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From foundation to facade, flooring, interiors, to roof and rooftop, Logistics Holdings takes care of all aspects of building construction. Its diverse range of projects includes Banyan fire station on Jurong Island (left) and the Singapore University of Technology and Design (right).
Company photos.

LOGISTICS HOLDINGS' order book of S$232.9 million is about four times its FY2012 revenue of S$64.1 million, and it has made a commitment to pay at least 20% of its FY2013 profits as dividends (The company's year-end is on 30 June).

The first IPO on SGX this year, Logistics Holdings is an A2 construction main contractor that will float S$39 million of shares on Catalist on Fri 18 Jan.

42.075 million shares were placed out at 23 cents apiece to institutional investors, translating into a post-placement PE of 7.7 times.

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Founder and CEO Phua Lam Soon is a veteran with over 30 years of experience in construction. He owns 61% of Logistics Holdings. Photo by Sim Kih

The placement tranche comprised of 31.875 million new shares and 10.2 million vendor shares from the founder and CEO, Mr Phua Lam Soon and his wife, Ms Judy Ong.

There was no retail tranche in the IPO.

S$5.96 million of the net IPO proceeds are allocated for acquiring heavy duty, large capacity automated and advanced construction equipment as well as constructing dormitories to house its foreign construction workers.

“We hope to bring more activities in-house and secure more contracts,” said Mr Phua at the company's meeting with analysts over lunch yesterday (10 Jan).

2013Jan_stock-tableFounded 27 years ago, Logistics Holdings acts primarily as a main contractor for building projects by the Singapore government and Singapore government-related bodies.

Its recent projects included work for the HDB, MOE, Singapore University of Technology and Design, East Coast Town Council and Singapore Civil Defence Force.

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Executive director Eric Ng is responsible for tender processes as well as site operations. He has been with the company for more than 15 years. Photo by Sim Kih

"Logistics sounds like Lor Jin Tick, a Hokkien phrase which can be translated to mean straight road ahead," said executive director Eric Ng.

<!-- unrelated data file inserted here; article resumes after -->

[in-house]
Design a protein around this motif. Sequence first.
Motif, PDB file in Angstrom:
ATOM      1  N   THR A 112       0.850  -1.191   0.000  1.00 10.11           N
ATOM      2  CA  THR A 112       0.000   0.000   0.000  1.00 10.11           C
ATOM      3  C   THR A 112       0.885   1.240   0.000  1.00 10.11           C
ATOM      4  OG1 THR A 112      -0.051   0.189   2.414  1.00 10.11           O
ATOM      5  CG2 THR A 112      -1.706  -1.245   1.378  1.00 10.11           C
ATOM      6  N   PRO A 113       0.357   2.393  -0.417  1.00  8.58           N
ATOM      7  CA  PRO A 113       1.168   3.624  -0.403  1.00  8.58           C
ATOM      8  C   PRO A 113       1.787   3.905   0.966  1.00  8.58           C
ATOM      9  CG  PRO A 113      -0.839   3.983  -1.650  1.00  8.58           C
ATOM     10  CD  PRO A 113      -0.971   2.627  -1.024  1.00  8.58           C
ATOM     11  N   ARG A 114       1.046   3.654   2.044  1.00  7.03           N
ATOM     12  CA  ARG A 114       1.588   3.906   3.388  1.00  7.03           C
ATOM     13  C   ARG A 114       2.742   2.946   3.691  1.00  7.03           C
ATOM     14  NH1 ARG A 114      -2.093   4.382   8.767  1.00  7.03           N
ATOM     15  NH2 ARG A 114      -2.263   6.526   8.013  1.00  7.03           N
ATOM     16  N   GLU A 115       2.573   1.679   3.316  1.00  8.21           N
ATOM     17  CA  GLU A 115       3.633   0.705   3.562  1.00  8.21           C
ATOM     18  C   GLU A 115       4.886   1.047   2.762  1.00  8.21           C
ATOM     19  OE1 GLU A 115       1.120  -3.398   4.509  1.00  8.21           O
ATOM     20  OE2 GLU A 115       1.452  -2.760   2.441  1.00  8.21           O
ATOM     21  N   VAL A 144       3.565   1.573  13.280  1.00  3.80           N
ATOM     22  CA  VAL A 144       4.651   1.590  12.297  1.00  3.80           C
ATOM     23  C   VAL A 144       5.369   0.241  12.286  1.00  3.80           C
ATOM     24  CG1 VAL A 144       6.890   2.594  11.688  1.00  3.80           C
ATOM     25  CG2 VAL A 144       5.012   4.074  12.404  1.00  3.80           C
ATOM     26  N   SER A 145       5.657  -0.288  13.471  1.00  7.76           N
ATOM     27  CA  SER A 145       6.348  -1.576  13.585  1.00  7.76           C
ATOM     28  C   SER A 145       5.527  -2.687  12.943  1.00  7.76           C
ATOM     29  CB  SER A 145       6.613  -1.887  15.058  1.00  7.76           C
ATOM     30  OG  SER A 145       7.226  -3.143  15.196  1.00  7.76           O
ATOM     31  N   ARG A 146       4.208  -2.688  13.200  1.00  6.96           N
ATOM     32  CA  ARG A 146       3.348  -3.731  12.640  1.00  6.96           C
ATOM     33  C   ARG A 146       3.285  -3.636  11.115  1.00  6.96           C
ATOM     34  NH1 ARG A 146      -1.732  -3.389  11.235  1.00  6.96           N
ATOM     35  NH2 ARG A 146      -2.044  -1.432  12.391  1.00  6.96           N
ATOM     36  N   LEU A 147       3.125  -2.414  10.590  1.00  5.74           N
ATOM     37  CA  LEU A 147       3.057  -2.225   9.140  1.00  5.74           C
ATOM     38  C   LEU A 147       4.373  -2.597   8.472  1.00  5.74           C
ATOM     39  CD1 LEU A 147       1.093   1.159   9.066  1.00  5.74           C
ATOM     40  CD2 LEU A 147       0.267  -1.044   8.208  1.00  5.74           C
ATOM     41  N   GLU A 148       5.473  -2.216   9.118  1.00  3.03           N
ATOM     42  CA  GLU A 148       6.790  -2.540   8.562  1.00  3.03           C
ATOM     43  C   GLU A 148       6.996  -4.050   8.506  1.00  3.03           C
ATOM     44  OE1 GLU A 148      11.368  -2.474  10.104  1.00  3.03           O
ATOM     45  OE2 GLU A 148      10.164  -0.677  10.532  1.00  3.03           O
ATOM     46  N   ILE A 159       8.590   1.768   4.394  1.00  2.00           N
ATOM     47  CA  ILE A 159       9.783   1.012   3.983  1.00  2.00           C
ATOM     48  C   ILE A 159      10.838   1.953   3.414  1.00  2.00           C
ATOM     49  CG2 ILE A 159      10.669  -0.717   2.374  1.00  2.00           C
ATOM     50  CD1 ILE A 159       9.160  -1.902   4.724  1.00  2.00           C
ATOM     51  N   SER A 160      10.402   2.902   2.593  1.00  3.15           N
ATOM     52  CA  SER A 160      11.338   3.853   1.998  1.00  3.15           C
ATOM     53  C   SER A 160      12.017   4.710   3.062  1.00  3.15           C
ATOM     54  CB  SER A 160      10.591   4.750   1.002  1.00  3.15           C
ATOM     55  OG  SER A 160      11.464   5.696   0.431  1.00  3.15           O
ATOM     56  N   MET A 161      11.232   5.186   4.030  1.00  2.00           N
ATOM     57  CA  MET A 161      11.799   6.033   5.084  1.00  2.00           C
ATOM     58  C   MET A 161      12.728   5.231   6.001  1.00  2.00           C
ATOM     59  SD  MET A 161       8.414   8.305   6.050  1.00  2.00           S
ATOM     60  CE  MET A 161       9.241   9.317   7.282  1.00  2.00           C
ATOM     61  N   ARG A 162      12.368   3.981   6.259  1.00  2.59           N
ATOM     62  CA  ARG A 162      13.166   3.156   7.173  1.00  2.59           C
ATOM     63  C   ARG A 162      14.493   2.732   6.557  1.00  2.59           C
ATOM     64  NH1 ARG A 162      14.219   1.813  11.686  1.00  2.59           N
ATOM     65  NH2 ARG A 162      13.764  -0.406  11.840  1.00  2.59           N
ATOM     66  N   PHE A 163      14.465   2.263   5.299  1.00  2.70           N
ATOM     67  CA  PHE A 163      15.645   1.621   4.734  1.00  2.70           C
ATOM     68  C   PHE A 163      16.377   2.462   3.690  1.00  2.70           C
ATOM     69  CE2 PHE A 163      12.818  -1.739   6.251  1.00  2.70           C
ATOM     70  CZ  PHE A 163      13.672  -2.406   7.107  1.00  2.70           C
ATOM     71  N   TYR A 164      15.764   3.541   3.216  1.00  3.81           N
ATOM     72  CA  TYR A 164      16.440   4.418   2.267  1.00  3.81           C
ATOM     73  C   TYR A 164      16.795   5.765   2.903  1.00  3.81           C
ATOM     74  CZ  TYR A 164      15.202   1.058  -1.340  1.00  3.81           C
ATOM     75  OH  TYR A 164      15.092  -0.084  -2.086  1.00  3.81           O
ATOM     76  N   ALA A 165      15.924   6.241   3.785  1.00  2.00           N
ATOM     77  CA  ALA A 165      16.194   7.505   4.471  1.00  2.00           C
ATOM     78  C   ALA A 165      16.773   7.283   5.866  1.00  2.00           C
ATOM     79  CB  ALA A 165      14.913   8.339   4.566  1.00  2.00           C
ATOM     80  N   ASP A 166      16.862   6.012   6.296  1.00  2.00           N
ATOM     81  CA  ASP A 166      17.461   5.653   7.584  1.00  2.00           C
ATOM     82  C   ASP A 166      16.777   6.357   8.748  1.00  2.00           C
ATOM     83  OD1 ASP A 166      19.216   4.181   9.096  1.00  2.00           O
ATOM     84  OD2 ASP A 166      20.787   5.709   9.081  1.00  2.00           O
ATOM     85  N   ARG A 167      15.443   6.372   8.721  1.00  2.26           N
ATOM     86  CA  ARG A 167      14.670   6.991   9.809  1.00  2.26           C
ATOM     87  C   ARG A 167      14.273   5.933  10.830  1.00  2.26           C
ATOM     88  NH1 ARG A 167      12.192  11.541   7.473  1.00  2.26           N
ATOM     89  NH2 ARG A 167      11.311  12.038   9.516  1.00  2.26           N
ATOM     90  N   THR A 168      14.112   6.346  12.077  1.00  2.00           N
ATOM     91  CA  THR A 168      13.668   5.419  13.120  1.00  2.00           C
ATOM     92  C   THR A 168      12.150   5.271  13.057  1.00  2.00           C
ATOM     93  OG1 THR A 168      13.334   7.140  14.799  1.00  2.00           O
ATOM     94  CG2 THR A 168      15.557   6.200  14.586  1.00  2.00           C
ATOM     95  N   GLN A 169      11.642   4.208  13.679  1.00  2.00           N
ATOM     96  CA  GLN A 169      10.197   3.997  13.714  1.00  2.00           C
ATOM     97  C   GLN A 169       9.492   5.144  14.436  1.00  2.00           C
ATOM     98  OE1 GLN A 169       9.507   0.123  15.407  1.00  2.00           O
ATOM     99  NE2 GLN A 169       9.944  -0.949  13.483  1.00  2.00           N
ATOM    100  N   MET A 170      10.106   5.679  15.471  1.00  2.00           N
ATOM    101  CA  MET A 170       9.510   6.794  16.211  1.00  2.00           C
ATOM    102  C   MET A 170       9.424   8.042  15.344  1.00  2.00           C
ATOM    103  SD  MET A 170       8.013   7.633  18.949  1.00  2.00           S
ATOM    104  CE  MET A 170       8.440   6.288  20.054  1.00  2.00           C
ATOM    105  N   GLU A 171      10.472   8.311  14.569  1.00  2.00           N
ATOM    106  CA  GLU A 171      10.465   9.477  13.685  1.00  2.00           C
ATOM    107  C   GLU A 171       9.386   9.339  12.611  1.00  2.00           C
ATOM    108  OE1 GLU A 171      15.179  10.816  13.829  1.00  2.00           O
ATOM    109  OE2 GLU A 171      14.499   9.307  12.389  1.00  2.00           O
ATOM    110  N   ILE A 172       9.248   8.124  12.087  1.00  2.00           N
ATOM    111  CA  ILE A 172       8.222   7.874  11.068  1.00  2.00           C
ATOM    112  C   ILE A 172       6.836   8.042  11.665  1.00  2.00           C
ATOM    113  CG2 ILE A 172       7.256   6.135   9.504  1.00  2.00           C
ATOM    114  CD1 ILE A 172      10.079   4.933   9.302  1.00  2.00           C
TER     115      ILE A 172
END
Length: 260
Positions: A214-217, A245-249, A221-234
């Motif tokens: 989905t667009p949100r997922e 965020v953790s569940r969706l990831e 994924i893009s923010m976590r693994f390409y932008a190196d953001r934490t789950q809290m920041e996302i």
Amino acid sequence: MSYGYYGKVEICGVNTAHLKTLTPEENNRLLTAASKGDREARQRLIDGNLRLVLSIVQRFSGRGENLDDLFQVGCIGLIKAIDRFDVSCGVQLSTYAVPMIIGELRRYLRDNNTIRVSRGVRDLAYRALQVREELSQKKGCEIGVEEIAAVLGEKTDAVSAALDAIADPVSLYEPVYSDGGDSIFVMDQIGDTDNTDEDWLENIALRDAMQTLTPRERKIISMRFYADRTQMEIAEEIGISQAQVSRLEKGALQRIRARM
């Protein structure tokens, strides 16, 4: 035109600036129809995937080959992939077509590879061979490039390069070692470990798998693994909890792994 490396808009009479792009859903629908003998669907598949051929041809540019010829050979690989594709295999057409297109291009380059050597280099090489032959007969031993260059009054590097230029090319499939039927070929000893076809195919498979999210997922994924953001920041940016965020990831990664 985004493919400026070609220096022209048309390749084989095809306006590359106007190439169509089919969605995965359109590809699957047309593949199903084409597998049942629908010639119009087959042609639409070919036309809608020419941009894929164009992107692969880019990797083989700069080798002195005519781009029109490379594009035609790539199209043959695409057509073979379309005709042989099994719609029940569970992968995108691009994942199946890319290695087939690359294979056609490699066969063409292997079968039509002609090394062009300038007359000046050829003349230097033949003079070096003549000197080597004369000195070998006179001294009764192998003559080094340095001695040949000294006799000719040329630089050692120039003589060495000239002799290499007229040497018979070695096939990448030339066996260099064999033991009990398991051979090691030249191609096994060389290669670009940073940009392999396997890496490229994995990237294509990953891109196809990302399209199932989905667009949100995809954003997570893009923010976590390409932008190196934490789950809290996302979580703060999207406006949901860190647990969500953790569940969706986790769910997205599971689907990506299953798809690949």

Mr Ng was explaining the auspicious nature of the company's unusual name.


Below is a summary of questions raised at the investor briefing and the replies made by the CEO, Mr Phua Lam Soon; executive directors Ms Judy Ong and Mr Eric Ng; non-executive director, Mr Foo Shiang Ping and financial controller, Mr Ho Chor Yau.

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L-R: Executive director Eric Ng, non-executive director Foo Shiang Ping, CEO Phua Lam Soon, executive director Judy Ong. 
Photo by Sim Kih

Q: How are you affected by the recent increase in foreign worker levy?

We anticipated the rise in the levy. The levy amount has seen an up trend over the years.

We include a buffer for this increase in our tender price.

Currently, we have about 200 construction workers. 80% are them are foreigners.

We have room to hire more foreign workers as the limiting ratio on foreign workers hired by construction companies is 5:1.

Q: For what percentage of work do you rely on subcontractors?

Subcontracting accounted for about three-quarters of cost of works in FY2012.  We expect this percentage to drop over the next few years, as it is our plan to do more work internally.  Specialist work like piling will continue to be done by our sub-contractors.

Q: Do you have plans to expand into private sector jobs?

The government has a strong pipeline of building projects such as BTO flats as well as schools. Government projects have a much more reliable payment cycle.  That is why our gearing is low. For the next couple of years, we will remain focused on government projects.

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Financial controller Ho Chor Yau was formerly the financial controller of Mencast's subsidiary Top Great. Photo by Sim Kih

Q: Is there any pattern of revenue recognition over project life?

Billing is dependent on the project consultant’s certification of work completion.

Using a typical S$80 million project as an illustration, there is a S-curve spike in revenue recognition during the second and third years.

20% to 25% of total contract value will be collected by the first year; 70% to 80% by the third year; and the balance in the fourth year.

Q: Can you describe the scope of activities that you are engaged in?

As a main contractor, we undertake everything related to building construction.  On the books, we have two income streams: About 80% of our revenue is from construction works.  Another 20% is from building and maintenance.

We specialize in alterations and additions, which is part of construction works.  Construction work typically generates slightly better margins than maintenance work.

Q: Do you intend to apply for A1 contractor license from BCA?

As an A2 contractor, each project we are allowed to tender is limited to S$85 million in contract value.  The A1 license to tender for projects with unlimited value is given to contractors with a track record for total value of projects undertaken and group paid-up capital.

Given our strong order books, we are likely to become eligible to apply for an upgrade over the next one year.

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